Caroline and I stayed a few days with Sadhana Forest, a reforestation project here in Ansapit. I stayed with them for a whole month when I was first setting up Project Rive, and it was nice to return for a little bit. A lot of times the things you’re doing on a computer don’t really seem tangible – I spent three hours in an Internet cafe updating drivers on someone’s laptop today, and while the fact that the machine’s working is cause enough for celebration it would be nice if all of that effort were more visible. In the end, this is just a box with lights and buttons, and when I don’t like the way the lights look I press more buttons…but seeds, and water, and dirt are all a little easier to work with (even as you learn that those too have their own rules).
Another cool thing about Sadhana Forest is the food: everything’s completely natural, vegan, non-processed, etc…we buy vegetables, fruit, beans, grains from the market and mix them all up with spices for every meal. After a month staying there, I really noticed the difference between what I ate there and what I started to put into my body once I went home (I still totally ate it though).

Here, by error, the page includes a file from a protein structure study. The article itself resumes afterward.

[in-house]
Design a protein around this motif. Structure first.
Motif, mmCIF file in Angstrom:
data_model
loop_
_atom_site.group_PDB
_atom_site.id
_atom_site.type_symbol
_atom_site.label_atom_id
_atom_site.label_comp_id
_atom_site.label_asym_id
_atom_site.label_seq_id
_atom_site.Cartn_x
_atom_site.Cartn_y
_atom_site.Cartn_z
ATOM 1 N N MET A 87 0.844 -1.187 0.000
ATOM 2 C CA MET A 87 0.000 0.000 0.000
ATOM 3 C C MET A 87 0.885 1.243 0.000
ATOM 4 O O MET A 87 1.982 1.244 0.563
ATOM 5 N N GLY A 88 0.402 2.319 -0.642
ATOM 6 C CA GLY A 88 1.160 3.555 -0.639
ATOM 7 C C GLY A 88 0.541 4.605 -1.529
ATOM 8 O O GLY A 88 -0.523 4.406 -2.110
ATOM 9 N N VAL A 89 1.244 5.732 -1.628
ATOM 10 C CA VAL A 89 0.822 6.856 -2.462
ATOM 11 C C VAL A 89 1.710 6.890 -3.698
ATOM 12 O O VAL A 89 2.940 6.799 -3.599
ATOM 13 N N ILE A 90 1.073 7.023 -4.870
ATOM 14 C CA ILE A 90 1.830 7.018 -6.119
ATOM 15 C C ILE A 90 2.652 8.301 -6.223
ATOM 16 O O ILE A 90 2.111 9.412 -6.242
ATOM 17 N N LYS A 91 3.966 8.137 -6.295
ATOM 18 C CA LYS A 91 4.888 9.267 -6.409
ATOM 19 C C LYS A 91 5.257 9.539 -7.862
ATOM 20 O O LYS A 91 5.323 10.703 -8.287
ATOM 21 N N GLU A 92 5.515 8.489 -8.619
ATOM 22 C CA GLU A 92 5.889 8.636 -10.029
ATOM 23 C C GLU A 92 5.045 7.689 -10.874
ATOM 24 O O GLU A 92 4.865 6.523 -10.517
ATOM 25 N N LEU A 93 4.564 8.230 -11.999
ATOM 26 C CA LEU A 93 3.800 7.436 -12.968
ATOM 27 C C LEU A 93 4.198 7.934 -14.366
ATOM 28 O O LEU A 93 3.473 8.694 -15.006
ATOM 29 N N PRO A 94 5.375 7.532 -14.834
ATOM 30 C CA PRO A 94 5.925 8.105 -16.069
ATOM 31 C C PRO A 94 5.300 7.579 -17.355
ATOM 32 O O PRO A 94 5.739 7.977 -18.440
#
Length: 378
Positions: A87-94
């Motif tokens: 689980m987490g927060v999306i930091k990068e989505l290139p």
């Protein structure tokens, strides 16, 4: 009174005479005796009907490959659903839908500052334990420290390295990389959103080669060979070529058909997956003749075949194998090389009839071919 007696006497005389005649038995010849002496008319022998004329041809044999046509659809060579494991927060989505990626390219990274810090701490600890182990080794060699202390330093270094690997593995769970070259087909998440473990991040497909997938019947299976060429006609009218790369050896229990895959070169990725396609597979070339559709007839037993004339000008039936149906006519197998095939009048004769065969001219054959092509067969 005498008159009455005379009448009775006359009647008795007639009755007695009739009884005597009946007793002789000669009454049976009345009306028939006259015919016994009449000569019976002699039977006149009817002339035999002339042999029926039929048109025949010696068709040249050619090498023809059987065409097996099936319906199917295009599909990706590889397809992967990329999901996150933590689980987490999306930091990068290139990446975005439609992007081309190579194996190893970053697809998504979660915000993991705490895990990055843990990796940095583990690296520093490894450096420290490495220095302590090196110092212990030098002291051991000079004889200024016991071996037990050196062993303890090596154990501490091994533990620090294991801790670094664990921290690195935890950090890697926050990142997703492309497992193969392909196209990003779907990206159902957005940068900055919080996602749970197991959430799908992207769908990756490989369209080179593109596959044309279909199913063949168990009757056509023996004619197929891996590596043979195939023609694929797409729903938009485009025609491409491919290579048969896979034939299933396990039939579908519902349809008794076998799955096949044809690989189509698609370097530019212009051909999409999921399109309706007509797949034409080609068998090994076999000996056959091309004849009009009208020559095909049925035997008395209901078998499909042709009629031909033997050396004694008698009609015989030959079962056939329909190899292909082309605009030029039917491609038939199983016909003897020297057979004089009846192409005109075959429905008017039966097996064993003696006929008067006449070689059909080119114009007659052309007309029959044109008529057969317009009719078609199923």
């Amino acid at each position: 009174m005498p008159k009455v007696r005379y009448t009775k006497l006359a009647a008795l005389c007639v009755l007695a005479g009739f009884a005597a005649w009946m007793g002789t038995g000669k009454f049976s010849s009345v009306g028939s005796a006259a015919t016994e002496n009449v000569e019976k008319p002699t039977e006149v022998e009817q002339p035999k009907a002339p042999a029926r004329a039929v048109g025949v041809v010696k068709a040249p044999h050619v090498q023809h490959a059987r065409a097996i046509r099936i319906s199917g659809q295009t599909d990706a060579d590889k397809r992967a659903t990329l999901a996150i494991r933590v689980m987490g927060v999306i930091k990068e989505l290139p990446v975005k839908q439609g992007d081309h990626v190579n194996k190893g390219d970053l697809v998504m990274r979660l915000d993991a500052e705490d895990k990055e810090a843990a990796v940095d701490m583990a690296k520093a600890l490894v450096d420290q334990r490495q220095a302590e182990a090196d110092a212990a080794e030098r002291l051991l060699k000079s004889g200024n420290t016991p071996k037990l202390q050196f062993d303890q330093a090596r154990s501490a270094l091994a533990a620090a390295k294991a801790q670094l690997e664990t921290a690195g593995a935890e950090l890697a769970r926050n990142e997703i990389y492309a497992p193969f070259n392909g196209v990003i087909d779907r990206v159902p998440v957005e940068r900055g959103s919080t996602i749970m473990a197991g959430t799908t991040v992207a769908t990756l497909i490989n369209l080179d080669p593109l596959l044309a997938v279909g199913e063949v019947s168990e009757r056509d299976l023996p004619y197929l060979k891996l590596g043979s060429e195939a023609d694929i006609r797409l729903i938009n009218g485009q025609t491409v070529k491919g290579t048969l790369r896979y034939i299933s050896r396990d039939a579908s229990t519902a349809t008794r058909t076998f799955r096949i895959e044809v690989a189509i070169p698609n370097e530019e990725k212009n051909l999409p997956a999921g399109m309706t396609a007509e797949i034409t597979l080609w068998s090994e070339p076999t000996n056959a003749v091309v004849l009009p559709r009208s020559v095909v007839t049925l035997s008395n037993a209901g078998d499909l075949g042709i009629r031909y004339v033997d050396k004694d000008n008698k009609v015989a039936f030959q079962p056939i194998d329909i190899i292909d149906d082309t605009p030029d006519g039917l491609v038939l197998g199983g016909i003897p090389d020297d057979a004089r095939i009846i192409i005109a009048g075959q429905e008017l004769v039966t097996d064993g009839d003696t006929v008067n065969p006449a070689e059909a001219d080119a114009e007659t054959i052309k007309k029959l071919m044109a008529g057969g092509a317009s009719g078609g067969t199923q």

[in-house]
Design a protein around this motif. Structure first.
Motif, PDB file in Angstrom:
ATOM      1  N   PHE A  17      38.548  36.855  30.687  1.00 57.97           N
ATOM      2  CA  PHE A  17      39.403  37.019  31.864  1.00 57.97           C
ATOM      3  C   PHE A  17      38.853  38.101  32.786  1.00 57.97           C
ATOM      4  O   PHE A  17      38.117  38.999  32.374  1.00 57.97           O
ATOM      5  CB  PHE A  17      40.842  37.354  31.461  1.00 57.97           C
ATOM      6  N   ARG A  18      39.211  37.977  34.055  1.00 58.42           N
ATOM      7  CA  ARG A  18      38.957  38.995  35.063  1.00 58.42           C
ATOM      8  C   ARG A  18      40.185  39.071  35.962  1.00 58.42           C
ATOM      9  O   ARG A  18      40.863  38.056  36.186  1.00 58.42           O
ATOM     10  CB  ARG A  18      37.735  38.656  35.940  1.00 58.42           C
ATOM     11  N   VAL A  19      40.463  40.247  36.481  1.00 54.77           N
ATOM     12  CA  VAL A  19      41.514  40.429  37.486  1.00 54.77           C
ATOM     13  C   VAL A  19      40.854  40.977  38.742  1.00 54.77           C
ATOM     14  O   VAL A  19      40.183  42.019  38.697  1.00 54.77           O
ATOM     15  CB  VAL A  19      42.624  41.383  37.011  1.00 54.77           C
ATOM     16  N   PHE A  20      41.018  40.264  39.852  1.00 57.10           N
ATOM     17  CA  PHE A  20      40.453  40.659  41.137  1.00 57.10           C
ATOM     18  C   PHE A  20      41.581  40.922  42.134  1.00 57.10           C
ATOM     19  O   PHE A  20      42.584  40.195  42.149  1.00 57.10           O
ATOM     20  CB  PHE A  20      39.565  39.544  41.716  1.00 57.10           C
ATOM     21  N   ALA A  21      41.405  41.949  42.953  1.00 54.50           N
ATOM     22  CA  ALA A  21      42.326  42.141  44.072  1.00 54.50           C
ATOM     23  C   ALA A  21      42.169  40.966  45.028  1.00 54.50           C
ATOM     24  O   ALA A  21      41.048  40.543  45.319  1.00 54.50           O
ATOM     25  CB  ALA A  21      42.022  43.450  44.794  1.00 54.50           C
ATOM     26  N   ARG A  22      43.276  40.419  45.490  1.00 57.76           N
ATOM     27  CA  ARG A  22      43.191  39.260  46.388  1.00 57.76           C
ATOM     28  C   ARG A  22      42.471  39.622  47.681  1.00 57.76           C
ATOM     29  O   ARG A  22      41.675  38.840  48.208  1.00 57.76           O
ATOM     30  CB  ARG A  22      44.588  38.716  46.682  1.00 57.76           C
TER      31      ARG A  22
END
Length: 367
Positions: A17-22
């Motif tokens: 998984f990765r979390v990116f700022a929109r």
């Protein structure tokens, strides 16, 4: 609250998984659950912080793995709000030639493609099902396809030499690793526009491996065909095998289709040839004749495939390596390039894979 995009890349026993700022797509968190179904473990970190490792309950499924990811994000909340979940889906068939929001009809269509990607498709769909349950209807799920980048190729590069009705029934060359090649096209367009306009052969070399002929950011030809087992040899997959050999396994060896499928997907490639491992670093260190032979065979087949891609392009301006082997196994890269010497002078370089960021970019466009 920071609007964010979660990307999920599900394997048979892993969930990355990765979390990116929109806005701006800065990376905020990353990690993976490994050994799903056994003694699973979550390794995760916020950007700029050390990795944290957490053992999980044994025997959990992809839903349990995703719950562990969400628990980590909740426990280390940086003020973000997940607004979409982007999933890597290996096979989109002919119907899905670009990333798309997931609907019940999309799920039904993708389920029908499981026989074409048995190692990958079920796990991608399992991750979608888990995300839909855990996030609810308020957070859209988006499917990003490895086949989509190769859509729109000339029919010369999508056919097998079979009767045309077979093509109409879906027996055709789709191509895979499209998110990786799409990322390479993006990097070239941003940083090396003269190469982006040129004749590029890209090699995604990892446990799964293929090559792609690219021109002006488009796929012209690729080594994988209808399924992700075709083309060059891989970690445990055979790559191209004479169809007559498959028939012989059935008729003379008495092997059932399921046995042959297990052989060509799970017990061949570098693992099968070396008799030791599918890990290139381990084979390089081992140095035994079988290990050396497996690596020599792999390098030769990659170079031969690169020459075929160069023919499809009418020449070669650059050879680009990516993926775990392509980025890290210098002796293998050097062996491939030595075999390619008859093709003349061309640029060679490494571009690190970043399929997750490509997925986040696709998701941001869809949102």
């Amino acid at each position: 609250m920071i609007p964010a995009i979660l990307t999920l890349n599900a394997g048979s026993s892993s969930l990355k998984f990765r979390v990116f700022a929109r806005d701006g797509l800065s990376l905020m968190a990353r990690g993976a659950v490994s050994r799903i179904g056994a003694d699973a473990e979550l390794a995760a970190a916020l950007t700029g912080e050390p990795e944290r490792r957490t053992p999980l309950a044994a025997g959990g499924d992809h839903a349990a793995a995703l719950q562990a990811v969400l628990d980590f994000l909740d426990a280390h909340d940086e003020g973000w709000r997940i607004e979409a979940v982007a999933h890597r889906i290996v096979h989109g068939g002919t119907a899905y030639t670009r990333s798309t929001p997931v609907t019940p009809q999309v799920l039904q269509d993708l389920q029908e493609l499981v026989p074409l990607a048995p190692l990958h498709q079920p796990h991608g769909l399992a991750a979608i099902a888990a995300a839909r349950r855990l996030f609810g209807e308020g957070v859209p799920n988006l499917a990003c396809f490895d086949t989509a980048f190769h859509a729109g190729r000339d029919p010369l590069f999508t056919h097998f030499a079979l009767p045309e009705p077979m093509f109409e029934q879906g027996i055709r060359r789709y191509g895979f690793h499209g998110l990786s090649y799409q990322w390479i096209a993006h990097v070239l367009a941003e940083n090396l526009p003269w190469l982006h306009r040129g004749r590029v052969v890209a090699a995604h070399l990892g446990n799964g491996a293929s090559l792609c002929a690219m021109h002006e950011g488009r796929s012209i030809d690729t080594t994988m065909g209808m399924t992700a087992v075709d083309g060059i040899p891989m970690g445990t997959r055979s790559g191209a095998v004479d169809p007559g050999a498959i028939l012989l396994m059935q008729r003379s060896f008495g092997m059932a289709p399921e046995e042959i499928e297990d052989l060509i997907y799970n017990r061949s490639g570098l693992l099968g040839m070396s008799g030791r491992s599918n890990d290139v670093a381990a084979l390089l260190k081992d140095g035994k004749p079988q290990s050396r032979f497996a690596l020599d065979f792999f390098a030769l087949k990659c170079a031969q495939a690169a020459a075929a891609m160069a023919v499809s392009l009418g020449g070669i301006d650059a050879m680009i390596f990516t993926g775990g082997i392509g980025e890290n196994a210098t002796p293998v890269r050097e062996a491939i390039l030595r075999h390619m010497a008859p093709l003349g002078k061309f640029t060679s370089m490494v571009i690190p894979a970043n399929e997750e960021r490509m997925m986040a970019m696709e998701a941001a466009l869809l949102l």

Not everything’s so easy to adapt to. I spared you shots of the compost toilets, but here’s one of the hand-washing stations. You just pour water from the bucket into the cup on the left, and it trickles out a hole in the bottom. It’s perfectly sanitary, but I can see how someone who’s a germ freak could have a hard time using a system they’re not used to. That’s the thing about cleanliness – everyone’s got their own way of doing it, and if you don’t do it their way it’s totally unacceptable. Changing people’s behavior, or even just making them more aware of it, can be really hard.
See, that’s one of the real goals of Sadhana – to exhibit what they call conscious living, to act as an example. Sometimes, when we’re lugging buckets of water past cactus, I pause a moment and think, “Wait, I’m watering trees in the desert. This is kind of pointless.” But you’ve gotta remind yourself that it wasn’t always a desert, and that other people are going to see you and start doing it themselves…